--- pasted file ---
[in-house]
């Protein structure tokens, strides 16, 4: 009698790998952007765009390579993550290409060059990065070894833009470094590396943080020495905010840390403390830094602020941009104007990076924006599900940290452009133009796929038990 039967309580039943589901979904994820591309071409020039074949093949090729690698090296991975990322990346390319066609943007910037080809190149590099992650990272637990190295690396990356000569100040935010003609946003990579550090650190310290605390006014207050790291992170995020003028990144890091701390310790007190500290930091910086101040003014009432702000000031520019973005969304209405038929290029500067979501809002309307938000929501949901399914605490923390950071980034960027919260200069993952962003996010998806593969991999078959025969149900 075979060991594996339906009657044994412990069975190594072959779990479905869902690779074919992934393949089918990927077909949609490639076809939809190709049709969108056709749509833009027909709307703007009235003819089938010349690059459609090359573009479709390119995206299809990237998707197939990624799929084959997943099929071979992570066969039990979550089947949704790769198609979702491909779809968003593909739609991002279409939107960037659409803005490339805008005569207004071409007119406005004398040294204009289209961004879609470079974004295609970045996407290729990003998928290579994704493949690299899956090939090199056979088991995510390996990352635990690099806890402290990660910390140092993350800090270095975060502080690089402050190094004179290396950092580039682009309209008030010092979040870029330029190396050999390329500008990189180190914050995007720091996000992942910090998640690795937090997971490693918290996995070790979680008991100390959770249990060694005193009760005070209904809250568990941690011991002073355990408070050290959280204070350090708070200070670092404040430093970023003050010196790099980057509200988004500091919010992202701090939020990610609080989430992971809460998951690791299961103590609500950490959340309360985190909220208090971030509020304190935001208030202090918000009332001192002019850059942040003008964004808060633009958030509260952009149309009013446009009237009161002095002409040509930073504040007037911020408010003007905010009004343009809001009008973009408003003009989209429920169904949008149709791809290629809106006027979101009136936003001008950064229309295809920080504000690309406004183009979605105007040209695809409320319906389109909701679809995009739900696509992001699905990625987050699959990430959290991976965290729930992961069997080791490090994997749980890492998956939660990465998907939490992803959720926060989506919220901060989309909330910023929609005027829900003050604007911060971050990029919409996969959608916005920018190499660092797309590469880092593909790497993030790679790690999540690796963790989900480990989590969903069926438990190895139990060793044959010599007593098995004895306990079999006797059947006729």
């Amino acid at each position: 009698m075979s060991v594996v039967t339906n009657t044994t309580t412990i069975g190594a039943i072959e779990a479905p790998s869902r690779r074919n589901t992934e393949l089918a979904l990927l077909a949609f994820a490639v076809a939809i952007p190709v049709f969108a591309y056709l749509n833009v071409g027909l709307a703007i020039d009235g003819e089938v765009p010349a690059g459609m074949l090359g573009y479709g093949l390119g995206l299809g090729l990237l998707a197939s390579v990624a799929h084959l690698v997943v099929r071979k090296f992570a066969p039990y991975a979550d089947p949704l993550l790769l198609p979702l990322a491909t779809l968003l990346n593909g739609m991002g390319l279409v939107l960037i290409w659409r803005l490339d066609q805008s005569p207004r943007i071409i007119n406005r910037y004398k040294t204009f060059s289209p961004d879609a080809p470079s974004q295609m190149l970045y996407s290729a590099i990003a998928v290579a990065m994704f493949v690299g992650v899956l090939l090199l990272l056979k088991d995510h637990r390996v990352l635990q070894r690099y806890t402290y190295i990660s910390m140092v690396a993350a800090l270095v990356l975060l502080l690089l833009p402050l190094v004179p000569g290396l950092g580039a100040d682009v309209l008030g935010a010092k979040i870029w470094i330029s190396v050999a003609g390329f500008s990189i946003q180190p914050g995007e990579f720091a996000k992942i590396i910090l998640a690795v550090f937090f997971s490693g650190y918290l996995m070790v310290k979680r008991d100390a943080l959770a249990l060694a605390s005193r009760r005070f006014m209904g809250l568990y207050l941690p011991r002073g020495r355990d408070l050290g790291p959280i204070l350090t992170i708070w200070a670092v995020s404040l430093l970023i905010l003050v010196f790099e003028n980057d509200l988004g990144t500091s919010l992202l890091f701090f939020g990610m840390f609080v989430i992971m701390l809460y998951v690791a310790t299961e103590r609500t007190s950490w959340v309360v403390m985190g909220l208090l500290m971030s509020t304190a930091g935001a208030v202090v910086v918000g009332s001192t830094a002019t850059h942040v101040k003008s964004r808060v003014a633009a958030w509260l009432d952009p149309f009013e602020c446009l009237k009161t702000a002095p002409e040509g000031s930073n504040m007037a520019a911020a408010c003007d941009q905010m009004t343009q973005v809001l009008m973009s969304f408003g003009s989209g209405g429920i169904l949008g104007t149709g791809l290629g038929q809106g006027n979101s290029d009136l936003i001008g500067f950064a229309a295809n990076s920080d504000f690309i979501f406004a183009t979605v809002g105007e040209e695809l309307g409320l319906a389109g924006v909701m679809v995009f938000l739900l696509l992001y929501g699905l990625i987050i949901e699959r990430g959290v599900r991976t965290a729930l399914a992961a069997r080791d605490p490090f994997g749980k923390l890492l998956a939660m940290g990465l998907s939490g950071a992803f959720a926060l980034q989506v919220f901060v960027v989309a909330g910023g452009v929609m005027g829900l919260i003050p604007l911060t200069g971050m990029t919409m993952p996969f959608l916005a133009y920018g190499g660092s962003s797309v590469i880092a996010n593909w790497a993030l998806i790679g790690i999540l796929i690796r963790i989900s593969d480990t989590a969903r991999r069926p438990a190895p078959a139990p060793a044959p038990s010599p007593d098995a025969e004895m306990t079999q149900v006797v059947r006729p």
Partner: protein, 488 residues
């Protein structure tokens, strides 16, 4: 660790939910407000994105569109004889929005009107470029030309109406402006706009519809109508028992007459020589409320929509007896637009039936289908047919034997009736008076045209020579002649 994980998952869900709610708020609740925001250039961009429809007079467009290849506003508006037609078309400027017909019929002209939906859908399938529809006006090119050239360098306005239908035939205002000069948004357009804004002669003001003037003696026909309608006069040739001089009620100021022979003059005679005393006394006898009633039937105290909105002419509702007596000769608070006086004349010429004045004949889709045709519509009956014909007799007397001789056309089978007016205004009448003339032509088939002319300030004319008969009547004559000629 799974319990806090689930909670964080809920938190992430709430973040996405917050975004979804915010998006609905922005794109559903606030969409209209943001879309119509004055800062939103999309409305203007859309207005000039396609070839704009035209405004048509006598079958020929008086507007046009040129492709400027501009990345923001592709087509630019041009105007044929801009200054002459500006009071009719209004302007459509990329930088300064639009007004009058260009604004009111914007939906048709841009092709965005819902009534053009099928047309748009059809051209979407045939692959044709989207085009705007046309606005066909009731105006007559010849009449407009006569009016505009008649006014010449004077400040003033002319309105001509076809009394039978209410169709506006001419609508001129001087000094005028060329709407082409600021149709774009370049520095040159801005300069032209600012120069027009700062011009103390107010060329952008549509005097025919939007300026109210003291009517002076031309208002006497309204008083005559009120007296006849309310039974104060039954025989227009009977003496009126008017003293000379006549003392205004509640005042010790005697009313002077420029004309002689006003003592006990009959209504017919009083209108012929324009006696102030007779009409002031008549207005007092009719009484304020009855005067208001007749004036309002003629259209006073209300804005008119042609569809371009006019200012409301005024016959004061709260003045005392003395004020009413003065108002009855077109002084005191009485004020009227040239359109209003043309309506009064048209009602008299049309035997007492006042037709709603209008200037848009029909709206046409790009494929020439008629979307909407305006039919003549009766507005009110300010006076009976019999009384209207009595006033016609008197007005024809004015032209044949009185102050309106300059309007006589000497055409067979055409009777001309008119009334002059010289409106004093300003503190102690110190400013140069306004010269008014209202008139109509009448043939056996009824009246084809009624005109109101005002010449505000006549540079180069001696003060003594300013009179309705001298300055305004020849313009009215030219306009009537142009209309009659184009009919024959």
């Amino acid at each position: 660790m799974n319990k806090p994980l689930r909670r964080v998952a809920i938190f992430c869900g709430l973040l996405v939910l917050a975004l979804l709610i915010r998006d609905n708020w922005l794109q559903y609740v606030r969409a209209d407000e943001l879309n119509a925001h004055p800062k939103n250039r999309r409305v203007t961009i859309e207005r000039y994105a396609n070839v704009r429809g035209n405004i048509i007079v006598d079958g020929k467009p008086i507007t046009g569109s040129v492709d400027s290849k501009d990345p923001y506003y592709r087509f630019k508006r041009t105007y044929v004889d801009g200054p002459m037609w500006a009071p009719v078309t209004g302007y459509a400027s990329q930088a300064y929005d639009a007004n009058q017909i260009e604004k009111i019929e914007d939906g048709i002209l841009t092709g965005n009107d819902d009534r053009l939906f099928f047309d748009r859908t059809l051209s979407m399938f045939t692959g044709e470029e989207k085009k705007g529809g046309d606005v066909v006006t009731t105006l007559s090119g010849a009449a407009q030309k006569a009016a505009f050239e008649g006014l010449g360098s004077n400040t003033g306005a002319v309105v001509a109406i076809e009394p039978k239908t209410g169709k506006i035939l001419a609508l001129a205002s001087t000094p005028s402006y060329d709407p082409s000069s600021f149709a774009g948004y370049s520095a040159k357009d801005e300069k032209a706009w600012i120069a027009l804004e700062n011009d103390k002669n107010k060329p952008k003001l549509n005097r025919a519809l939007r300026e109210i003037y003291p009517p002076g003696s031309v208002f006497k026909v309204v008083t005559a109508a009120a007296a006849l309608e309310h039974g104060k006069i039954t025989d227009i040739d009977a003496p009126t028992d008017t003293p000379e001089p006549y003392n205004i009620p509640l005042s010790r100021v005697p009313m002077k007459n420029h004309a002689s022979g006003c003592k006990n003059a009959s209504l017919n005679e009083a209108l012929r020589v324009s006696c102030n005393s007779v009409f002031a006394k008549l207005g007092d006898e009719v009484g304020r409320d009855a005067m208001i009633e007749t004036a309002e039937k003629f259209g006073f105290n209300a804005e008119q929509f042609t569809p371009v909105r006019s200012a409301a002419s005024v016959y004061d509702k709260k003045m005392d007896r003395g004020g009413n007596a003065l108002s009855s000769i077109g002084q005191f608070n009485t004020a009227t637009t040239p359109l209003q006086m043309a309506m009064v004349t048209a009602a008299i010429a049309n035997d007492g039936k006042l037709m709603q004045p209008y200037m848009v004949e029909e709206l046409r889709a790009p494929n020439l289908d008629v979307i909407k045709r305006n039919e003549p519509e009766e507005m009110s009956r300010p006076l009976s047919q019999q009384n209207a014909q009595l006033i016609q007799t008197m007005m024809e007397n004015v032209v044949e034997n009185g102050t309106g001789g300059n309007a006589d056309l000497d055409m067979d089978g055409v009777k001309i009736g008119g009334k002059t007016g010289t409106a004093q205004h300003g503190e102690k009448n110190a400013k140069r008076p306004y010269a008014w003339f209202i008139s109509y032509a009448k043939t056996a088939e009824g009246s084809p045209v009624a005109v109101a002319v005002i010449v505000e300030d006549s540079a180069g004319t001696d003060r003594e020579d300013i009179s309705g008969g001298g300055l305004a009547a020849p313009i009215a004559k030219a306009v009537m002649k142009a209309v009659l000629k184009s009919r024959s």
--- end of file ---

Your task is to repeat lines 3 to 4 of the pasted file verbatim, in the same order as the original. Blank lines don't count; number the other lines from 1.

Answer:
């Amino acid at each position: 009698m075979s060991v594996v039967t339906n009657t044994t309580t412990i069975g190594a039943i072959e779990a479905p790998s869902r690779r074919n589901t992934e393949l089918a979904l990927l077909a949609f994820a490639v076809a939809i952007p190709v049709f969108a591309y056709l749509n833009v071409g027909l709307a703007i020039d009235g003819e089938v765009p010349a690059g459609m074949l090359g573009y479709g093949l390119g995206l299809g090729l990237l998707a197939s390579v990624a799929h084959l690698v997943v099929r071979k090296f992570a066969p039990y991975a979550d089947p949704l993550l790769l198609p979702l990322a491909t779809l968003l990346n593909g739609m991002g390319l279409v939107l960037i290409w659409r803005l490339d066609q805008s005569p207004r943007i071409i007119n406005r910037y004398k040294t204009f060059s289209p961004d879609a080809p470079s974004q295609m190149l970045y996407s290729a590099i990003a998928v290579a990065m994704f493949v690299g992650v899956l090939l090199l990272l056979k088991d995510h637990r390996v990352l635990q070894r690099y806890t402290y190295i990660s910390m140092v690396a993350a800090l270095v990356l975060l502080l690089l833009p402050l190094v004179p000569g290396l950092g580039a100040d682009v309209l008030g935010a010092k979040i870029w470094i330029s190396v050999a003609g390329f500008s990189i946003q180190p914050g995007e990579f720091a996000k992942i590396i910090l998640a690795v550090f937090f997971s490693g650190y918290l996995m070790v310290k979680r008991d100390a943080l959770a249990l060694a605390s005193r009760r005070f006014m209904g809250l568990y207050l941690p011991r002073g020495r355990d408070l050290g790291p959280i204070l350090t992170i708070w200070a670092v995020s404040l430093l970023i905010l003050v010196f790099e003028n980057d509200l988004g990144t500091s919010l992202l890091f701090f939020g990610m840390f609080v989430i992971m701390l809460y998951v690791a310790t299961e103590r609500t007190s950490w959340v309360v403390m985190g909220l208090l500290m971030s509020t304190a930091g935001a208030v202090v910086v918000g009332s001192t830094a002019t850059h942040v101040k003008s964004r808060v003014a633009a958030w509260l009432d952009p149309f009013e602020c446009l009237k009161t702000a002095p002409e040509g000031s930073n504040m007037a520019a911020a408010c003007d941009q905010m009004t343009q973005v809001l009008m973009s969304f408003g003009s989209g209405g429920i169904l949008g104007t149709g791809l290629g038929q809106g006027n979101s290029d009136l936003i001008g500067f950064a229309a295809n990076s920080d504000f690309i979501f406004a183009t979605v809002g105007e040209e695809l309307g409320l319906a389109g924006v909701m679809v995009f938000l739900l696509l992001y929501g699905l990625i987050i949901e699959r990430g959290v599900r991976t965290a729930l399914a992961a069997r080791d605490p490090f994997g749980k923390l890492l998956a939660m940290g990465l998907s939490g950071a992803f959720a926060l980034q989506v919220f901060v960027v989309a909330g910023g452009v929609m005027g829900l919260i003050p604007l911060t200069g971050m990029t919409m993952p996969f959608l916005a133009y920018g190499g660092s962003s797309v590469i880092a996010n593909w790497a993030l998806i790679g790690i999540l796929i690796r963790i989900s593969d480990t989590a969903r991999r069926p438990a190895p078959a139990p060793a044959p038990s010599p007593d098995a025969e004895m306990t079999q149900v006797v059947r006729p």
Partner: protein, 488 residues